Comets usher in new era with Toohey at head coach

Ali Sami | The Chronicle

New Mason boys basketball coach Adam Toohey knows he has big shoes to fill. 

Longtime head coach Greg Richards stepped down after 27 seasons leading the Comets. Richards won 399 games during his Mason tenure including a district championship in 2017. Toohey admits that is a tough act to follow, and said he cannot replace the impact Richards had on the program.

“I can’t, the shoes are too big,” Toohey said. 

Toohey is familiar to MasonToohey, met Richards in 2009 when he was hired at Mason as an assistant football and softball coach, and an intervention specialist. 13 years later, Toohey is tabbed as the man to take over for Richards.

Before taking the Mason job, he coached at Tippecanoe High School where he compiled a 72-46 record over a five-year span from 2017 to 2022. 

Toohey believes Mason is the right place for him and his family to be, especially since he has experience working in the school district. “Mason to me is family. It really is,” Toohey said.

Toohey said Mason is a special job for him because the school has a long tradition of athletic success, including the basketball program that Richards led for over two decades.

“What attracted me is his longevity, and I really respect that,” Toohey said. “I think a lot of Mason’s coaches are like that.”

When Toohey took the job, he immediately prioritized building up the team’s off-the-court connections. Menker said that he has been impressed by Toohey’s effort to build relationships on and off the court.

“We have these meetings before every practice. And those meetings we talk a lot about relationships and our culture, and it’s nothing about actual basketball at all.” Menker said. “It’s more about our personal lives, and I think that’s really connected our team this year.”

Junior Jake Hanley, a two-year starter, said that he is enjoying Toohey’s emphasis on the players’ mental health.

“He does a lot of things that help the players. He has four core values that the team follows, care, compete, communication and passion.” Hanley said. “We do culture talks and small groups, kind of just getting as close with each other, leading to questions about our personal lives, school lives, and basketball lives. And on top of that, we do yoga, which was part of [Toohey’s] mental decompression while also getting ready for games.”

The team spent a lot of time off the court prior to the season including an overnight retreat and fall workouts and shootarounds. During this time, the team spent a lot of time talking about culture and named it “the brotherhood.” Junior Ben Menker believes these efforts have helped the players grow closer outside of the sport and have contributed to their chemistry in games.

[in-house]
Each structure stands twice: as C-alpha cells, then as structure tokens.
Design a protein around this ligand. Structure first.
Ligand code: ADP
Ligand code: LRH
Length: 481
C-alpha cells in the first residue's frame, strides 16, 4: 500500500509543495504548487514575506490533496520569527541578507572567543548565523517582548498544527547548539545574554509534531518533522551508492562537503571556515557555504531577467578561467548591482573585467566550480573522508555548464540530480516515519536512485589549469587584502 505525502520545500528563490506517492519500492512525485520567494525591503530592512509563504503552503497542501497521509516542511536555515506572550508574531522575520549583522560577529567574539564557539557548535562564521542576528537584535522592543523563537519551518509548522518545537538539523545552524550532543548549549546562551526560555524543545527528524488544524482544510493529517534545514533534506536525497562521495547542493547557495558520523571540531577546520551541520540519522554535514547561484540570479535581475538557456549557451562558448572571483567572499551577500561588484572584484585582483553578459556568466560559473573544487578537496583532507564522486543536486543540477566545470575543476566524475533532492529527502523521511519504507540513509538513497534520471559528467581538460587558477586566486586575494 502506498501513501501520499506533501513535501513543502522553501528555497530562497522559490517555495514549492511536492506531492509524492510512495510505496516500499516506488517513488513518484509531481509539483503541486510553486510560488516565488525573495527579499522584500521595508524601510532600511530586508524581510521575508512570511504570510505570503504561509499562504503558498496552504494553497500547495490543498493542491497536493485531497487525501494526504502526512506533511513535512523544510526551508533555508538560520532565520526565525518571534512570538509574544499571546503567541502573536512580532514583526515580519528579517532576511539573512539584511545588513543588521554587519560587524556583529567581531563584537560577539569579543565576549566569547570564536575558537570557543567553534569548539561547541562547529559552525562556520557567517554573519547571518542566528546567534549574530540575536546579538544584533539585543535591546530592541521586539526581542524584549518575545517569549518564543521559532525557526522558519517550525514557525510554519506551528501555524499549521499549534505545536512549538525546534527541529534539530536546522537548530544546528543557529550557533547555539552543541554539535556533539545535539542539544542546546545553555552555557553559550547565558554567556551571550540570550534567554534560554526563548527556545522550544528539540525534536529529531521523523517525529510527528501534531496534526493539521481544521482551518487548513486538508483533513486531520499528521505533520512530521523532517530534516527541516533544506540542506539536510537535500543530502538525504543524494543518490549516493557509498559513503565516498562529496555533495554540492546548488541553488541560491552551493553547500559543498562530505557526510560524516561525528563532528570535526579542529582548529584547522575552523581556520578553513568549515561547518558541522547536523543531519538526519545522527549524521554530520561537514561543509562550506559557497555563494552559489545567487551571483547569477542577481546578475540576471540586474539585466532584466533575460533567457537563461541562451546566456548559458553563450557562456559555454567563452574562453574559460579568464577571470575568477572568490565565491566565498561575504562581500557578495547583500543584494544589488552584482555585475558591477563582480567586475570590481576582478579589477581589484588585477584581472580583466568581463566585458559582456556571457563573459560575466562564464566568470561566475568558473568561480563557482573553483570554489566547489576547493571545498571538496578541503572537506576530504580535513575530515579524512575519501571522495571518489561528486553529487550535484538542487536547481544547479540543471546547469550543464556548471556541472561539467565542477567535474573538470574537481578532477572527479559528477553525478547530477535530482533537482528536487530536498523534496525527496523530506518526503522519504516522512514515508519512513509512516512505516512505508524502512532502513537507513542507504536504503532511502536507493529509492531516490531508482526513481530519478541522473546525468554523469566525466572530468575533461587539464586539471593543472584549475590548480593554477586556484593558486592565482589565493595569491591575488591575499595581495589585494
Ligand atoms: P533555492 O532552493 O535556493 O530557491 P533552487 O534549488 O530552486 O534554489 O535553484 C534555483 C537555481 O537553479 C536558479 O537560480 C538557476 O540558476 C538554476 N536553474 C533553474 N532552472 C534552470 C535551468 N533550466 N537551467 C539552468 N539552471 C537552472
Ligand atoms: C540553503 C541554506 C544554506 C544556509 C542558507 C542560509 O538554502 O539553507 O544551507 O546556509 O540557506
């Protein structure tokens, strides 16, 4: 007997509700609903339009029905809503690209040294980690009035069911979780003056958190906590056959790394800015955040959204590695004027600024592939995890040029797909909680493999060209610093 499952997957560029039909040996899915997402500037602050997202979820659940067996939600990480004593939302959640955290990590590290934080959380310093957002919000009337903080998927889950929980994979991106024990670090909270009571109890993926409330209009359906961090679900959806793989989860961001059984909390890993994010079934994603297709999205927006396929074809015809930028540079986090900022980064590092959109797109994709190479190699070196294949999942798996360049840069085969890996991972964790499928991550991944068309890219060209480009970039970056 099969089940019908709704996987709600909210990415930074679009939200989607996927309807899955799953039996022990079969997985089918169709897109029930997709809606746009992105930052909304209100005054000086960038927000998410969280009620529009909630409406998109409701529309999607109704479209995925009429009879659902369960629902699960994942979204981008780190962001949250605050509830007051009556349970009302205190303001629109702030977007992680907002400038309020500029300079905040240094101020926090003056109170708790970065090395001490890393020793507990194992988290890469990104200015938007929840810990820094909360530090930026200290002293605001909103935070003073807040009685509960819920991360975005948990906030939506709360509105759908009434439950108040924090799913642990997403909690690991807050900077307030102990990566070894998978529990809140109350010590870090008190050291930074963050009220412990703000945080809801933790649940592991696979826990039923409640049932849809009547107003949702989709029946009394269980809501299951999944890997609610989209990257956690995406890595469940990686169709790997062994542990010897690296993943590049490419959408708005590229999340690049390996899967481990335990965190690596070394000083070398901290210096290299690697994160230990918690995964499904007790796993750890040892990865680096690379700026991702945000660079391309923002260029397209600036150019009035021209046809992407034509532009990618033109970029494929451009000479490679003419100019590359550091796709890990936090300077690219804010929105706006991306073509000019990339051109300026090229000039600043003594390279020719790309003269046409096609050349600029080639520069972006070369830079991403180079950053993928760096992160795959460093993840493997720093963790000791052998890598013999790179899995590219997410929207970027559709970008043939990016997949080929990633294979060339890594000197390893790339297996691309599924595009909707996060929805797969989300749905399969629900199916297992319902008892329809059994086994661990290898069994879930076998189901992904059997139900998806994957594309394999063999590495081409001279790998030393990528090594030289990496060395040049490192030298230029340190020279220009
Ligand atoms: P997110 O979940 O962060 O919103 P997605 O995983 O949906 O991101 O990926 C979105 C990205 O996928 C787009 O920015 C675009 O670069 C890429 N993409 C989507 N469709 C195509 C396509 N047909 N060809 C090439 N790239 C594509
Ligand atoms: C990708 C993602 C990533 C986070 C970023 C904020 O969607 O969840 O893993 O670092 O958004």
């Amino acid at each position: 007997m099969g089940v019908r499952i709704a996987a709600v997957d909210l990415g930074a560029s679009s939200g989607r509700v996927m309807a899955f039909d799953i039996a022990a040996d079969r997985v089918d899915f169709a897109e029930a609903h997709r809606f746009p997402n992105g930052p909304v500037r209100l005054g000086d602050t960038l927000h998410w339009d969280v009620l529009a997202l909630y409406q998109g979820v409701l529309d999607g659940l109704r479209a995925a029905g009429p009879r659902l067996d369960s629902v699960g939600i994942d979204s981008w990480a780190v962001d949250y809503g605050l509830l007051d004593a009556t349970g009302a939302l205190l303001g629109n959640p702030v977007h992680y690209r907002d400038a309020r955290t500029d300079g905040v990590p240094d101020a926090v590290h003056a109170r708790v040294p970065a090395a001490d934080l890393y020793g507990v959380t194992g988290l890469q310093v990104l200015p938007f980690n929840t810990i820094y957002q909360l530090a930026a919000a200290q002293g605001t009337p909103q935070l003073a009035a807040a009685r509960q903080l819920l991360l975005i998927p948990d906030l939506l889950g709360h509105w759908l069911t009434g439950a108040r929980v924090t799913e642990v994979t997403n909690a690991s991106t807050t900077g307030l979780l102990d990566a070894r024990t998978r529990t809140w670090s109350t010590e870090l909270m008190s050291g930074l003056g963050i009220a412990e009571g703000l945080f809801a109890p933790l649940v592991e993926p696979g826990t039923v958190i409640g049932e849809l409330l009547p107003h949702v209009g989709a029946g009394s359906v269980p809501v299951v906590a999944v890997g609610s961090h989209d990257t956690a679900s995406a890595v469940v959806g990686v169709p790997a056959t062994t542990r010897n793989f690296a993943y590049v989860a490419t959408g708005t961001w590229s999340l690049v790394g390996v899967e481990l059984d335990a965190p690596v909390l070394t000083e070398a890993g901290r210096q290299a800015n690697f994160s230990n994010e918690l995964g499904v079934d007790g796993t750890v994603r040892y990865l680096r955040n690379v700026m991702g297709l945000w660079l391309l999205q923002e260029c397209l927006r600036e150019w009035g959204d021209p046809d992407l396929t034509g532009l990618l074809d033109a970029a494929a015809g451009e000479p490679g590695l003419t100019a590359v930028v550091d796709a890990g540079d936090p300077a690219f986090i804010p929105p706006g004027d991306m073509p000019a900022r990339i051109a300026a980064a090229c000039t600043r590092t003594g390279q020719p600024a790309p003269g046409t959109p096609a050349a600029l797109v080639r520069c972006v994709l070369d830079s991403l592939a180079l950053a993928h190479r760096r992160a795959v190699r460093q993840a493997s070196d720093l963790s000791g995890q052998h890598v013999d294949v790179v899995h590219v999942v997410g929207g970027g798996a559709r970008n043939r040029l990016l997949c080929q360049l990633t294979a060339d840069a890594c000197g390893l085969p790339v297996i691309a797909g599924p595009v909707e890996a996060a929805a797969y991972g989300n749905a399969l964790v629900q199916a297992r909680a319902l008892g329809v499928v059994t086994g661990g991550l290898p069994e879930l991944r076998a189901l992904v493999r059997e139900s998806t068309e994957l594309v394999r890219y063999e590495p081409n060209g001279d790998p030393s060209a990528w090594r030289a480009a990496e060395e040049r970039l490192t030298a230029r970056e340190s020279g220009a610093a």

“The brotherhood really is something I enjoy and think it brings me closer to my teammates,” Menker said. “I truly think things like these help us win on and off the court.”

The impact of Richard’s influence is evident on Toohey and the players who started their high school basketball careers under the veteran coach. They still feel that the lessons learned from their former coach have helped them confidently embark on a new journey with their new coach who is also committed to helping young men develop as players on and off the court. 

Hanley believes coach Richards left the program in a great spot and is now in good hands with Toohey. 

“I think he shaped the program for what it is right now,” Hanley said. “He set the standard for what the program can and should be.”

The boy’s basketball team has started off their season 4-1 including out-of-conference wins against Dunbar and Springboro. They are currently tied for second in what should be a tightly contested Greater MiamI Conference this season. Menker said that the team is very grateful for the legacy Richards left on the program, and is excited to continue his success with Toohey.

“Richards has had a great impact on me and Toohey has already made a big impact on me with his short time here so far,” Menker said. “I hope Coach Richards enjoys his retirement just as much as I enjoyed playing for him, and I can’t wait for the success that is yet to come with Coach Toohey.”

Adam Toohey, hired on July 25, breaks a huddle with his players after a timeout in his third game as head coach for the Mason Comets against the Colerain Cardinals.

Photo by Lily Haller